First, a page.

The Future is Now : Air Power in the Age of Manned-Unmanned Teaming

Sub Title : Unmanned and manned platforms will operate together in a synergised manner

Issues Details : Vol 16 Issue 1 Mar – Apr 2022

Author : Colonel Mandeep Singh

Page No. : 14

Category : Military Affairs

: March 31, 2022

Increasing complexities of future air combat necessitate a new approach to dominate the battlespace paving the way for unmanned systems to be deployed alongside manned platforms, operating in a synergised manner. These artificial intelligence empowered teams are shaping the path for future operations

Unmanned aerial systems (UAS) have evolved over the years from relatively simple surveillance and reconnaissance platforms to sophisticated and increasingly autonomous system-of-systems that are a key part of any military strategy and tactics. In a significant development, artificial intelligence empowered unmanned systems are now teaming up with manned platforms and are shaping up as the path for future operations in what is commonly called as manned-unmanned teaming (MUM-T).

As a concept, MUM-T describes the interaction between humans and uninhabited vehicles at the tactical level for the achievement of specific missions and tasks. It is described as “the synchronised employment of soldier, manned and unmanned air and ground vehicles, robotics and sensors to achieve situational understanding, greater lethality and improved survivability.” Though MUMT is applicable across the land, sea and air domains, it is the air domain that has seen the most advancement and has adopted the concept in a major way. Decades ago, Liddell Hart had visualised unmanned systems on the battlefield of the future, stating:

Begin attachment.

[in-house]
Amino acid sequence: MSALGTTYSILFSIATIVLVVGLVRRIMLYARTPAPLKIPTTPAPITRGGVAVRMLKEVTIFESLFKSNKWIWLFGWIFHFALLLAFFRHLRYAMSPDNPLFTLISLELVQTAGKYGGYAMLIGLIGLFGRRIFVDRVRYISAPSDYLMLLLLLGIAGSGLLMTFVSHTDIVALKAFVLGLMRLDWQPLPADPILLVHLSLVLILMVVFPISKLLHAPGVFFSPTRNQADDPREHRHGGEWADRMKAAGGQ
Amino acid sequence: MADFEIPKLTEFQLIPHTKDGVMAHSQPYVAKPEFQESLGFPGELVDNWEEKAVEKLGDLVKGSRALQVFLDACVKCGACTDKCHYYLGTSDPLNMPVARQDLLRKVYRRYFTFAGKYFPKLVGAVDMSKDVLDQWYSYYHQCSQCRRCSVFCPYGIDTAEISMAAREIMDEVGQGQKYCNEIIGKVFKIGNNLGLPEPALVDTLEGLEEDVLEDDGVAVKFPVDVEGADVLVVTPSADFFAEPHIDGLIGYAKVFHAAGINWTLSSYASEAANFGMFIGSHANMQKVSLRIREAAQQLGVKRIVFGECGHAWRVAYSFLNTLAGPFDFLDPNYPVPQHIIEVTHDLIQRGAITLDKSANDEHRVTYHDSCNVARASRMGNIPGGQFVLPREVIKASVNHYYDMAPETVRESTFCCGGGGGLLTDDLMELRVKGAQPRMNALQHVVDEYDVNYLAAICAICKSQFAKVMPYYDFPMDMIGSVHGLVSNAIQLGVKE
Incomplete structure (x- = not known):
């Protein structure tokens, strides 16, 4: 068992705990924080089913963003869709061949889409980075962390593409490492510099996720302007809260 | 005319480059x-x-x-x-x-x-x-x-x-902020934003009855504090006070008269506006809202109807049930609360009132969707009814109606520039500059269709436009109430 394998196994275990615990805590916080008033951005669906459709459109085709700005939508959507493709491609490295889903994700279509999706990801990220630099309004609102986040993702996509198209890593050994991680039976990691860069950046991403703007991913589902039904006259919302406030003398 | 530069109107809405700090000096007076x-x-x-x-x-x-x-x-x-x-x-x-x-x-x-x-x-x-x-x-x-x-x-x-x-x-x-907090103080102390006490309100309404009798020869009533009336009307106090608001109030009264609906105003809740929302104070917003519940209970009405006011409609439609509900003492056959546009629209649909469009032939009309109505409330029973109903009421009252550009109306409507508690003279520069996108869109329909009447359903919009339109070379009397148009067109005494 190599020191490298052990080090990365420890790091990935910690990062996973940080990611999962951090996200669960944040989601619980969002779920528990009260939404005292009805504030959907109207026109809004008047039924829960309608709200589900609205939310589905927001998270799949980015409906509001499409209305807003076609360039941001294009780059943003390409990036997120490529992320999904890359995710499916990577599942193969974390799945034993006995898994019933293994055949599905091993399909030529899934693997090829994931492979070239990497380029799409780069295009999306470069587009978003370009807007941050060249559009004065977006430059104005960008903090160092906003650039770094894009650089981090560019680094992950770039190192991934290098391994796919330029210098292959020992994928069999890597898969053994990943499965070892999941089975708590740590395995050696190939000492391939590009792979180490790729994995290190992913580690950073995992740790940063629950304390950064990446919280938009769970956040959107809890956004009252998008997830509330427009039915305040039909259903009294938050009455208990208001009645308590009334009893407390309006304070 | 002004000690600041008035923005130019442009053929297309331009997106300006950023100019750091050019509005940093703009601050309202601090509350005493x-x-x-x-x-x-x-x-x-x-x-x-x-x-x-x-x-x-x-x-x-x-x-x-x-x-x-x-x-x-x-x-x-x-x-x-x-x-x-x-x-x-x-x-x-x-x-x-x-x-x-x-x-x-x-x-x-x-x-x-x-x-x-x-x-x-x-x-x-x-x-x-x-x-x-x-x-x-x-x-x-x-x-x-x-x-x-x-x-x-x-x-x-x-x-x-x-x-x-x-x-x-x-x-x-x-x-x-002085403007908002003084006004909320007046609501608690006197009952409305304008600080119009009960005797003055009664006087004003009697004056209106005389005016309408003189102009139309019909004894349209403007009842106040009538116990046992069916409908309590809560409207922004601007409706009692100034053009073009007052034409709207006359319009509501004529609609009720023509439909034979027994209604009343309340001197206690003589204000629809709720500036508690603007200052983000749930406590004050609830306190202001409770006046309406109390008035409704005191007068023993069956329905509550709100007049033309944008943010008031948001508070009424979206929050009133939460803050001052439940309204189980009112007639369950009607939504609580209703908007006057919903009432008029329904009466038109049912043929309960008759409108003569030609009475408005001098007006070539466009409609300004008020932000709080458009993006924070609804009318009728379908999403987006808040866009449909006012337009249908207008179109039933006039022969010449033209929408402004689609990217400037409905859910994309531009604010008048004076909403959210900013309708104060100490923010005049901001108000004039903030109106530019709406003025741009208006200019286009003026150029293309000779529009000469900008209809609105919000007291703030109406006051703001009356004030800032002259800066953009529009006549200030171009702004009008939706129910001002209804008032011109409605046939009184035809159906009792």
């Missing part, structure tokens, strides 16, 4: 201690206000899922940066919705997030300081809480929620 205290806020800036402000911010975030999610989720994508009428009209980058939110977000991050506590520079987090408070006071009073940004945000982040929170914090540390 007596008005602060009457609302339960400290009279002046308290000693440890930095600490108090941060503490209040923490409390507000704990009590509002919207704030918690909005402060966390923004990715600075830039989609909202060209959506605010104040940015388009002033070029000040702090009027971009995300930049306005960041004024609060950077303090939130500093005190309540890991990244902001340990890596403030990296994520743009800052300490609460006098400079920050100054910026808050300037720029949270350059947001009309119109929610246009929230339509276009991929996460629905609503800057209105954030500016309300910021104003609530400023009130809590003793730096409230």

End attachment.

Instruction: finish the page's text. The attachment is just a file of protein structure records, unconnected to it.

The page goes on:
“Even to-day aircraft are the most effective and economic means of long-range bombardment. And the advent of wireless control of such machines, dispensing with the need for a costly human crew, will immensely augment their advantage.”

United States had experimented with unmanned systems in early 1920’s with N-9 floatplane and Kettering Bug but it was only during the World War II that unmanned systems were used in combat with V-1 and V-2 being the more famous of the many such systems experimented with. But these were simply unmanned system which could not claim to be teamed with a manned system per se. While the use of a Royal Air Force B-17 bomber to attack German submarine pens is claimed as an early example of MUM-T but it was a later use of Interstate TDR-1 attack drone that can be considered to be an early use of manned-unmanned team in combat.

On September 27, 1944, four drones, each armed with a 2,000-pound bomb, flew 55 miles to Bougainville to attack a Japanese anti-aircraft battery established on a beached merchant vessel. One of the TDR-1s was lost at sea, the second crashed 30 yards astern of the gun emplacement, but the bomb failed to detonate while the third probably hit the ship. It was the fourth drone that flew through flak to land dead-centre on target and explode. The drones were remotely controlled by a pilot in a TBM Avenger torpedo bomber accompanying the drones as a television camera mounted in the drone’s nose transmitted images back to a five-inch screen mounted in the Avenger’s rear cockpit from where a pilot used a radio-control to guide the drones. It was a simple but effective method that combined the manned and the unmanned systems effectively to achieve a hit.